Borderline Personality Disorder (BPD) | Symptoms, Causes & Treatment
Borderline Personality Disorder (BPD) is a serious personality disorder characterized by continuous instability of the emotion regulation system, interpersonal relationships, impulse control, and self-image. This long-lasting and severely distressing disorder includes both genetic and environmental factors.
Borderline Personality Disorder affects about 1 to 2% of the world population or 10% of individuals per country. This disorder has a high mortality rate compared to any other mental health issue because suicidal tendencies or attempts are 50% higher than other individuals. Individuals require more extensive BPD treatment plan and management than those having other psychological disorders. BPD traits may differ for individuals. So, it’s important for you to consult some experienced psychologist to know about your BPD traits.
There are lots of BPD symptoms – signs of BPD but we’ll talk about 4 major BPD symptoms. Here is the BPD Symptoms list:
- Emotional instability is commonly known as affective dysregulation
- Troubled patterns of perception or thinking, also known as cognitive distortions
- Impulsive behavior
- Strong but unstable relationships with others
Individuals with BPD Symptoms might go through a range of intense and negative emotions, such as:
- Feelings of emptiness that are long-lasting
Borderline Personality Disorder (BPD) Causes:
The major cause of Borderline Personality Disorder is not known. There is research that suggests it is a mixture of genetics and environmental factors.
Risk factors for Borderline Personality Disorder:
- Brain structure:
There is research that suggests there are differences in the structure and function of the brain, especially in the area that controls impulses and the regulation of emotions. Nonetheless, it is still not certain if these differences in the brain are the result of having BPD, or if they are the cause of the disorder.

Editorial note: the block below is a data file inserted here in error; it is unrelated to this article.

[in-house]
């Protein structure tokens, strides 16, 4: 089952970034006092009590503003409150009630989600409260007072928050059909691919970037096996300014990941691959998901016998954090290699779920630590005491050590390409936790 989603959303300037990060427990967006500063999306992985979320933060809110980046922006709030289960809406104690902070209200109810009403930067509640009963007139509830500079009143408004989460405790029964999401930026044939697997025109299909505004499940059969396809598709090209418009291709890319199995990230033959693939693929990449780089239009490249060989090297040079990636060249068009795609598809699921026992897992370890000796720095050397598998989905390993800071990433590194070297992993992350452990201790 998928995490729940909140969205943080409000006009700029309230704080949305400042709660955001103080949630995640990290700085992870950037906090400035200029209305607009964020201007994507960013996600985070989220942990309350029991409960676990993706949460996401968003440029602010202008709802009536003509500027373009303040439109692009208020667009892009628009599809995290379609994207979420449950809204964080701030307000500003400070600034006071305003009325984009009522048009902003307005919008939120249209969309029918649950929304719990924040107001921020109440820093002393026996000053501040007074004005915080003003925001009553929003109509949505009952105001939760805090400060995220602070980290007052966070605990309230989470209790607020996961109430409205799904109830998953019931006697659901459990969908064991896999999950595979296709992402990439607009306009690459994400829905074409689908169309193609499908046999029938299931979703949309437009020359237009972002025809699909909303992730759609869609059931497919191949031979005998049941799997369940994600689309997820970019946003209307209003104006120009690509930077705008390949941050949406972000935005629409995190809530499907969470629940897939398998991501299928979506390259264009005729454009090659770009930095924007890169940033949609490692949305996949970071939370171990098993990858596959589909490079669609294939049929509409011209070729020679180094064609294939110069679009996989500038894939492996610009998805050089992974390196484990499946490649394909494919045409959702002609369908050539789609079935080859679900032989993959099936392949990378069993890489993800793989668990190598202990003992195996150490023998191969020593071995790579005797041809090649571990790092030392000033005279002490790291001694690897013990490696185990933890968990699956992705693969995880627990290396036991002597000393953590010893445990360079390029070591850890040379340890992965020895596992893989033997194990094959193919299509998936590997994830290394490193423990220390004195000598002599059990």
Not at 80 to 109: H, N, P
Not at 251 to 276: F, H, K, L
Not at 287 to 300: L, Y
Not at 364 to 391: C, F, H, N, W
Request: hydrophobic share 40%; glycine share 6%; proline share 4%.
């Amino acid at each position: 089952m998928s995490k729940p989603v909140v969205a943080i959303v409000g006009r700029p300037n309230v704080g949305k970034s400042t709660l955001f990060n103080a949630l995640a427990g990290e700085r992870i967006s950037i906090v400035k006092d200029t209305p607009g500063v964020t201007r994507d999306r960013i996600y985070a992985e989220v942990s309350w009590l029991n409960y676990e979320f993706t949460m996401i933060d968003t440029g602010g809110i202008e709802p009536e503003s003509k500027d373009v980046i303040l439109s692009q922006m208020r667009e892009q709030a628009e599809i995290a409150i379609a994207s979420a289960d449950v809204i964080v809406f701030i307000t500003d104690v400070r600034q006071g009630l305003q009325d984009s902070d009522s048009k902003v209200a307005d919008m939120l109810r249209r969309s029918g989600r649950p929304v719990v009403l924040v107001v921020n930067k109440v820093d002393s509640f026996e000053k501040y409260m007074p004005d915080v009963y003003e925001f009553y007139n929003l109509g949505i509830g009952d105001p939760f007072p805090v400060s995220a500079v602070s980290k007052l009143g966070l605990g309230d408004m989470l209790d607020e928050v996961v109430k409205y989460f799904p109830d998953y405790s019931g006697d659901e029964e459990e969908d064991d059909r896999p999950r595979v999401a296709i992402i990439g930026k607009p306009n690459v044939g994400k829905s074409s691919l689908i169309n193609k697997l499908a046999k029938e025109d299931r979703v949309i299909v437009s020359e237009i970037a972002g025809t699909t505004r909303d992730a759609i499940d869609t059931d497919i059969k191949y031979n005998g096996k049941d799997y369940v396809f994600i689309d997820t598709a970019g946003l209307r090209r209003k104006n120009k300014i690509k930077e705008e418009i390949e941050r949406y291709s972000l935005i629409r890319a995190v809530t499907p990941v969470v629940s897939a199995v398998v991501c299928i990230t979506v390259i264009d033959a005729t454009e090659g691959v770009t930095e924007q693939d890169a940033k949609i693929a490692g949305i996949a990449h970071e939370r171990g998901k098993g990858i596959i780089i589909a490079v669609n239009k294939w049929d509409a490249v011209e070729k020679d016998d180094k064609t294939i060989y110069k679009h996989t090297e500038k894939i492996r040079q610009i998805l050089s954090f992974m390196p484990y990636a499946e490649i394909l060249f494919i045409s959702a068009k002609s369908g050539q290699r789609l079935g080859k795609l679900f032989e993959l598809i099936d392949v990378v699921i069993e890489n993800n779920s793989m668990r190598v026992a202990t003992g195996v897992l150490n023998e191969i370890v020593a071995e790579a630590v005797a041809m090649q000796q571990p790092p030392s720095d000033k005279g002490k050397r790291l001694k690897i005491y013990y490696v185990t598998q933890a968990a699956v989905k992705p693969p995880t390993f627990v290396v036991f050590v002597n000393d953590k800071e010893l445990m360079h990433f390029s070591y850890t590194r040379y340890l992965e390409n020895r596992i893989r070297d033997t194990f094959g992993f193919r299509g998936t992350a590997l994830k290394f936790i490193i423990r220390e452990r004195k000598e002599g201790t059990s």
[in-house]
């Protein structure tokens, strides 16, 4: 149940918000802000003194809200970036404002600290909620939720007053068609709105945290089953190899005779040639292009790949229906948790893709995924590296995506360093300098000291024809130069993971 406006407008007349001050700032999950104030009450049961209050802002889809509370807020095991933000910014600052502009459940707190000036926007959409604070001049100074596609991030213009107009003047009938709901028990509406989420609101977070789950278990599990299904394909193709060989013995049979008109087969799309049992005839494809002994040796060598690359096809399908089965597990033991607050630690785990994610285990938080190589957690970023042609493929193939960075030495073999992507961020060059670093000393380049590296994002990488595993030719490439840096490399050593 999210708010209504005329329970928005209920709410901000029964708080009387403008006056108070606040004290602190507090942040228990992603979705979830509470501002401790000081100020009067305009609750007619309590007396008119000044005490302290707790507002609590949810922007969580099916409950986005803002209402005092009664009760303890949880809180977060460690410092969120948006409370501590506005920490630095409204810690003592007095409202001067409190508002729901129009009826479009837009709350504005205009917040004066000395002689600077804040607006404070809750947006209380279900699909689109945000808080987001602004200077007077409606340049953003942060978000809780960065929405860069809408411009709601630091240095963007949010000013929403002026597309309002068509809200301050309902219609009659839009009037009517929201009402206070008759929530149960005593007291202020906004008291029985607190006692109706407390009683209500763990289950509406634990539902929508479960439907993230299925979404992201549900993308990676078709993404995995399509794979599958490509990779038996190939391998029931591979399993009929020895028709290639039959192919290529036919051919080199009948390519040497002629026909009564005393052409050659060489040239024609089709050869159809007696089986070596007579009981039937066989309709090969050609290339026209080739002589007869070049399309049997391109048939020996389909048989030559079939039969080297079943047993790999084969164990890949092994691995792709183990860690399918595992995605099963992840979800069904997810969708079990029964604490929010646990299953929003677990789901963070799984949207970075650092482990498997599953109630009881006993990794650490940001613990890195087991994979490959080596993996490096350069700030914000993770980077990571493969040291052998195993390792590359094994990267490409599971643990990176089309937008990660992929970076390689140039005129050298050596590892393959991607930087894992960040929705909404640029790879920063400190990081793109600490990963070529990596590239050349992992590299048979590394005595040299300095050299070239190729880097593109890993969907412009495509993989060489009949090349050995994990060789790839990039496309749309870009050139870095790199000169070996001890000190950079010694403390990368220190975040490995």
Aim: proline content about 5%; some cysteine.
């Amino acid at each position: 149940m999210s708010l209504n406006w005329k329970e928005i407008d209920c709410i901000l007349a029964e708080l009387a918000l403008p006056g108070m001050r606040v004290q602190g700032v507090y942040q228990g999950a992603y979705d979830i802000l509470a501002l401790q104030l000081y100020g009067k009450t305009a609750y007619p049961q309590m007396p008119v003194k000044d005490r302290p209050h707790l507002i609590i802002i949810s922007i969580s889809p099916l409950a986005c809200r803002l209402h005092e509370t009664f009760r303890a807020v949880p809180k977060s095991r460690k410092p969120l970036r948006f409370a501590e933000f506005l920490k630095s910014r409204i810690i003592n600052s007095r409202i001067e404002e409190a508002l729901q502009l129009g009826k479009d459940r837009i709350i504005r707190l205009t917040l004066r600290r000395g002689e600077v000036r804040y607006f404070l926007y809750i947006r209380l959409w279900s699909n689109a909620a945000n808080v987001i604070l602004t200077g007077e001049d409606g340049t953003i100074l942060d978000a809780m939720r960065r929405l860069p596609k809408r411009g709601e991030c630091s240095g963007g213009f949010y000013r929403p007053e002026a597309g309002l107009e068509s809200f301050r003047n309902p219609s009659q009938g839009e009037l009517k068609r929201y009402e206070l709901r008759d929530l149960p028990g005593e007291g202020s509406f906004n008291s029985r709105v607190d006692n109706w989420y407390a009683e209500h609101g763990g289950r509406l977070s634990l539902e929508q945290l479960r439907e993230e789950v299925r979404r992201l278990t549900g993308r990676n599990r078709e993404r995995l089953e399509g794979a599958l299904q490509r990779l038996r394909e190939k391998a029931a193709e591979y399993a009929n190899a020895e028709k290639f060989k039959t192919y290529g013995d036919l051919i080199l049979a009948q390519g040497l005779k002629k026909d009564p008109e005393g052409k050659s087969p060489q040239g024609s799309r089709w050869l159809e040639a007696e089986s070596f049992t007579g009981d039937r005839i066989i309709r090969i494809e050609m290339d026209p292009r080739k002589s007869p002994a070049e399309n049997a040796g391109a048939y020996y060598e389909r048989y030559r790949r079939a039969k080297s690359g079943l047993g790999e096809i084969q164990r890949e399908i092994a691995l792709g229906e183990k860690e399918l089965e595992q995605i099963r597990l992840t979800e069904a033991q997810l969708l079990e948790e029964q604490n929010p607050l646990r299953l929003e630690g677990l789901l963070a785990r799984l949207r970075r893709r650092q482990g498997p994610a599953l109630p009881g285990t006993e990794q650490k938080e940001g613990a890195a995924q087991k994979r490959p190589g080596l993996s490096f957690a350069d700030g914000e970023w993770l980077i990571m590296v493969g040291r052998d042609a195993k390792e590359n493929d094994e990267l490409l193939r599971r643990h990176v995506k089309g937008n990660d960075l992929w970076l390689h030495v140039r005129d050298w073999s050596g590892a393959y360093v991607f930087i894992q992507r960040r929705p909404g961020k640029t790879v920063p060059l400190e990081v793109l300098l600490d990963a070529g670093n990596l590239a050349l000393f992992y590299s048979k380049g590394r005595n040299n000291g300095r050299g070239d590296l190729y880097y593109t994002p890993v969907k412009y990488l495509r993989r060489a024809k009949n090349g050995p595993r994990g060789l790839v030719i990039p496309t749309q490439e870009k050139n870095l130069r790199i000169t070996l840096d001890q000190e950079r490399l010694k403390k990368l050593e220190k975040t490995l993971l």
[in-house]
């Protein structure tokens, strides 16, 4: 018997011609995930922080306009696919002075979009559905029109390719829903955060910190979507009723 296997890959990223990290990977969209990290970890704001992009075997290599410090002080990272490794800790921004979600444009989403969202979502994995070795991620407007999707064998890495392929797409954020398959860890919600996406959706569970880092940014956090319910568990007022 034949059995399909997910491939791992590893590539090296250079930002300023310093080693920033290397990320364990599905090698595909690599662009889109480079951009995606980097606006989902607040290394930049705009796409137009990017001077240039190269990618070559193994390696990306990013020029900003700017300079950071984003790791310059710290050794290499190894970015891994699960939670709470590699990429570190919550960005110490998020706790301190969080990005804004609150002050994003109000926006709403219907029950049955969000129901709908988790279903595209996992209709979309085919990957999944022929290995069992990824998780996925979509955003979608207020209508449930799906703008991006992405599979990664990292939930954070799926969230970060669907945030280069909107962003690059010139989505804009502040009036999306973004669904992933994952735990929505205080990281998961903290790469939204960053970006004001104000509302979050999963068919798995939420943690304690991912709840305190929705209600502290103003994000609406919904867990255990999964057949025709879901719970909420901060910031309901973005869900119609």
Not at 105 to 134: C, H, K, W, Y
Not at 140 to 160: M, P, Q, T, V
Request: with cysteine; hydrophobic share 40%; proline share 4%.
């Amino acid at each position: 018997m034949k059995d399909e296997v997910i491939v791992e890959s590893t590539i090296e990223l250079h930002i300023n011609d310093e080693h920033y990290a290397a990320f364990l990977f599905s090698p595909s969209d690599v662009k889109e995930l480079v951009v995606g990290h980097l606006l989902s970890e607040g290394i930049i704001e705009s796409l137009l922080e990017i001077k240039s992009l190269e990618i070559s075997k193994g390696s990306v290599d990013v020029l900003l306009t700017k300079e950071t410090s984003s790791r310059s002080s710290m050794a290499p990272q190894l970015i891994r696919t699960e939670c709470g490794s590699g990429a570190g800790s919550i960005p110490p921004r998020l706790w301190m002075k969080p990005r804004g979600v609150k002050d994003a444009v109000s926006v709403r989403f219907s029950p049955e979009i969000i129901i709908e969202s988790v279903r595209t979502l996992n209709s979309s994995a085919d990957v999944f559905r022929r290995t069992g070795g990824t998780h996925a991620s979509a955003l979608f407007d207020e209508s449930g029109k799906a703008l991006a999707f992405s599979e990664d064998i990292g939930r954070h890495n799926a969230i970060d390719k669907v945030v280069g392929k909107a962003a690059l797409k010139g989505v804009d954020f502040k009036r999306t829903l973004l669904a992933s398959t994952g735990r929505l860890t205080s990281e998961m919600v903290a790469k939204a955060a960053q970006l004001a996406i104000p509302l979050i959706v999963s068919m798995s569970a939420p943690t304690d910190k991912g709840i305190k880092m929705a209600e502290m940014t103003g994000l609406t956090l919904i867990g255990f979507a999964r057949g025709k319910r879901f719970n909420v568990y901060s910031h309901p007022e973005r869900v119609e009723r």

- Family history:
Having a parent or sibling with BPD may increase the risk of developing the disorder.
- Negative past experiences:
Many people who are diagnosed with the disorder have a history of child abuse, negligence, trauma, or were separated from their parents at an early age. On the other hand, it is not a necessary criterion because not all people with the disorder have experienced trauma, and conversely, many people who had such experiences do not develop the disorder.
Complications of BPD:
- Drug or alcohol abuse
- Difficulties with relationships
- Eating disorders (i.e. anorexia nervosa, bulimia nervosa etc.)
- Legal or financial issues
- Problems at school and work
- Self-harming attitudes/behaviors
- Social isolation
- Tense family relationships
- Suicidal tendency
- Unsuitable intense rage or difficulty controlling aggression (e.g., frequent angry outbursts, physical fights, etc.
- Long-lasting feelings of emptiness
- Emotional instability (e.g. irritability, anger, or anxiety lasting for a few hours and seldom for more than a few days.
- Persistent stress-linked severe dissociative symptoms
- Identity disruption persistent with an unstable sense of self
- Recurrent suicidal tendencies and self-harming attitude/behaviors
- Desperate efforts to escape real or imaginary neglect from others.
- Unstable but strong social relationships are characterized by extremes between fantasy, idealization, and devaluation of others.
Research shows that the most effective therapeutic treatment modality to help manage Borderline Personality Disorder symptoms is Dialectical Behavioral Therapy (DBT). This Borderline Personality Disorder treatment includes individual, group, and family sessions. The problem is that many insurance companies do not cover this type of therapy because the individual is going to have BPD treatment several times a week.
Another form of Borderline Personality Disorder treatment is Cognitive Behavioral Therapy (CBT).
Borderline Personality Disorder Treatment goals work on the individual gaining an understanding about past and present issues regarding their relationships with family members or others, and treating the impulsive negative behavioral patterns.
There are many BPT Medications also known as BPD Medications. Here is the common BDP Medications list:
- Anti-depressants do help with depressive BPD symptoms
- Selective Serotonin uptake inhibitors (SSRI) to create the sense of relaxation
- Monoamine oxidase inhibitors for anxiety and depression
- Tricyclics for management of shifts in moods
Other BPT Treatments
Hospitalization might be required if suicide attempts or self-harming behaviors are present.